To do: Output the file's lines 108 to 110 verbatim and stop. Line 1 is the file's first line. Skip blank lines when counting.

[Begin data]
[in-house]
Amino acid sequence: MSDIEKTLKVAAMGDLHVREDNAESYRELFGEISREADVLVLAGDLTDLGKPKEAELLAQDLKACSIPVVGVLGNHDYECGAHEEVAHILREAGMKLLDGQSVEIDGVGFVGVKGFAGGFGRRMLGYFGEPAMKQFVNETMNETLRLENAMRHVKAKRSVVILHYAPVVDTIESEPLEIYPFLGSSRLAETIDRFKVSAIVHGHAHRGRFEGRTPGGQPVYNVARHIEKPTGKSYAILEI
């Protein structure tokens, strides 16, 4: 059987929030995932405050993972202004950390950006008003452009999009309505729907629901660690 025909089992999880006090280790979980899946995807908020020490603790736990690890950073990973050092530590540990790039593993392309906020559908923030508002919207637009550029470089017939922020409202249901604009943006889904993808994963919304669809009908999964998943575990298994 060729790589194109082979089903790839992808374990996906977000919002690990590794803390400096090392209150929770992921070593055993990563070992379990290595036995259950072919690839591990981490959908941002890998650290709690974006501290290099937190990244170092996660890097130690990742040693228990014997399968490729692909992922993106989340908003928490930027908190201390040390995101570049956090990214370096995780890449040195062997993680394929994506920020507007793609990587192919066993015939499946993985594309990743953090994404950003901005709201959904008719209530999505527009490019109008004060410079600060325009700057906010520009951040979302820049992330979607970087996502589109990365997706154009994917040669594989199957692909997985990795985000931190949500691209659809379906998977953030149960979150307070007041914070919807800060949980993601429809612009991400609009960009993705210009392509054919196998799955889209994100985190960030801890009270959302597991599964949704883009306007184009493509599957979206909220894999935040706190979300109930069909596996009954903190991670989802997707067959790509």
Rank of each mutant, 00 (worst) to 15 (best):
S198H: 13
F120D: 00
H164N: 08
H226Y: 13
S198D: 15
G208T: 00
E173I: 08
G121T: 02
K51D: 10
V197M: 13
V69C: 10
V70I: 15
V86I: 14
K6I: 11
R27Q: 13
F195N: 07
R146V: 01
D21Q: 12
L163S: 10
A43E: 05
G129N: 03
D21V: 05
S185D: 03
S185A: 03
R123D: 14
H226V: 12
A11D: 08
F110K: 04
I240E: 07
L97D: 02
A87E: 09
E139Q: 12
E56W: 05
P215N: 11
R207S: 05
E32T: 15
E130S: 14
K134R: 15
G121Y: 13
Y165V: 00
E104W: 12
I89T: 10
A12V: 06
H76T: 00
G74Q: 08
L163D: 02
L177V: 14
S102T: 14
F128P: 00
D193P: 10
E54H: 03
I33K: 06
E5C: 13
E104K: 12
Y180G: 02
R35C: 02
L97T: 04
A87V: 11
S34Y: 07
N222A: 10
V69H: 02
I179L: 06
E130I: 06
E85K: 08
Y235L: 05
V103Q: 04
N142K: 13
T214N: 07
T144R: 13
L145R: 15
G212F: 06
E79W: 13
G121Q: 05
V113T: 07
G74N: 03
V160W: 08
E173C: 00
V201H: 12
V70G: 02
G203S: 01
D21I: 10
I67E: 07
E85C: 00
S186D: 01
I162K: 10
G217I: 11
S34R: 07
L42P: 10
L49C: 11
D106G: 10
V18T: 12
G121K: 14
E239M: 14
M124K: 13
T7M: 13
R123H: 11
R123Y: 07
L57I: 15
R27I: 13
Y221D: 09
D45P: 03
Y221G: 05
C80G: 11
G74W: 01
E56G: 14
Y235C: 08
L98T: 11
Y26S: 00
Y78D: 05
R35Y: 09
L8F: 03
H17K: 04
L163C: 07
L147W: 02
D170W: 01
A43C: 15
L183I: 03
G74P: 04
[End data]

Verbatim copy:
G74W: 01
E56G: 14
Y235C: 08